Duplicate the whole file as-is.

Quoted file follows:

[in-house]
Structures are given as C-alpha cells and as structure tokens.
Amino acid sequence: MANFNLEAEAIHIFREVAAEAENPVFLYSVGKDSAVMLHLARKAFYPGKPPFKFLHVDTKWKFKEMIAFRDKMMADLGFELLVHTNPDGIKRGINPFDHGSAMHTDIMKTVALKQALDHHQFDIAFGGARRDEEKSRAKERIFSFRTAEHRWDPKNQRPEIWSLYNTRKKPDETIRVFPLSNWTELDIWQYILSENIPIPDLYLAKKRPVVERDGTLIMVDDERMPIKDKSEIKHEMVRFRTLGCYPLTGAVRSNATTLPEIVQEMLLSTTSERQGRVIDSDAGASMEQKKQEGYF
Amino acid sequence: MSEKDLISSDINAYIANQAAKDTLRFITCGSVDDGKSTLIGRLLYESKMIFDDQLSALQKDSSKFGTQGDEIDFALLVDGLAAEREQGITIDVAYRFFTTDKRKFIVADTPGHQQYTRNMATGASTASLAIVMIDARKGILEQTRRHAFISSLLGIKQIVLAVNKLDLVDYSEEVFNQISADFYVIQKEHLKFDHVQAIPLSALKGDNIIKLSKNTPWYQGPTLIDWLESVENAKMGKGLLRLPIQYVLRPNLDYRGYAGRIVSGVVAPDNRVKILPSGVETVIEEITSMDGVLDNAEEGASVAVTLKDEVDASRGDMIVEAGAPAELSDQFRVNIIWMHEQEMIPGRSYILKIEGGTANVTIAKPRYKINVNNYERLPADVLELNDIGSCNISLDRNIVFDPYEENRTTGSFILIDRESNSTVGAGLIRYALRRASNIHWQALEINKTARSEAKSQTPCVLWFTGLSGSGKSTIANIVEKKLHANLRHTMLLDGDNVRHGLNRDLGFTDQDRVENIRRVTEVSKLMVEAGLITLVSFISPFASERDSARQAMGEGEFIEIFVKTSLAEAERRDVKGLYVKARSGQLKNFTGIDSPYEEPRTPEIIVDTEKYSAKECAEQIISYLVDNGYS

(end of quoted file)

[in-house]
Structures are given as C-alpha cells and as structure tokens.
Amino acid sequence: MANFNLEAEAIHIFREVAAEAENPVFLYSVGKDSAVMLHLARKAFYPGKPPFKFLHVDTKWKFKEMIAFRDKMMADLGFELLVHTNPDGIKRGINPFDHGSAMHTDIMKTVALKQALDHHQFDIAFGGARRDEEKSRAKERIFSFRTAEHRWDPKNQRPEIWSLYNTRKKPDETIRVFPLSNWTELDIWQYILSENIPIPDLYLAKKRPVVERDGTLIMVDDERMPIKDKSEIKHEMVRFRTLGCYPLTGAVRSNATTLPEIVQEMLLSTTSERQGRVIDSDAGASMEQKKQEGYF
Amino acid sequence: MSEKDLISSDINAYIANQAAKDTLRFITCGSVDDGKSTLIGRLLYESKMIFDDQLSALQKDSSKFGTQGDEIDFALLVDGLAAEREQGITIDVAYRFFTTDKRKFIVADTPGHQQYTRNMATGASTASLAIVMIDARKGILEQTRRHAFISSLLGIKQIVLAVNKLDLVDYSEEVFNQISADFYVIQKEHLKFDHVQAIPLSALKGDNIIKLSKNTPWYQGPTLIDWLESVENAKMGKGLLRLPIQYVLRPNLDYRGYAGRIVSGVVAPDNRVKILPSGVETVIEEITSMDGVLDNAEEGASVAVTLKDEVDASRGDMIVEAGAPAELSDQFRVNIIWMHEQEMIPGRSYILKIEGGTANVTIAKPRYKINVNNYERLPADVLELNDIGSCNISLDRNIVFDPYEENRTTGSFILIDRESNSTVGAGLIRYALRRASNIHWQALEINKTARSEAKSQTPCVLWFTGLSGSGKSTIANIVEKKLHANLRHTMLLDGDNVRHGLNRDLGFTDQDRVENIRRVTEVSKLMVEAGLITLVSFISPFASERDSARQAMGEGEFIEIFVKTSLAEAERRDVKGLYVKARSGQLKNFTGIDSPYEEPRTPEIIVDTEKYSAKECAEQIISYLVDNGYS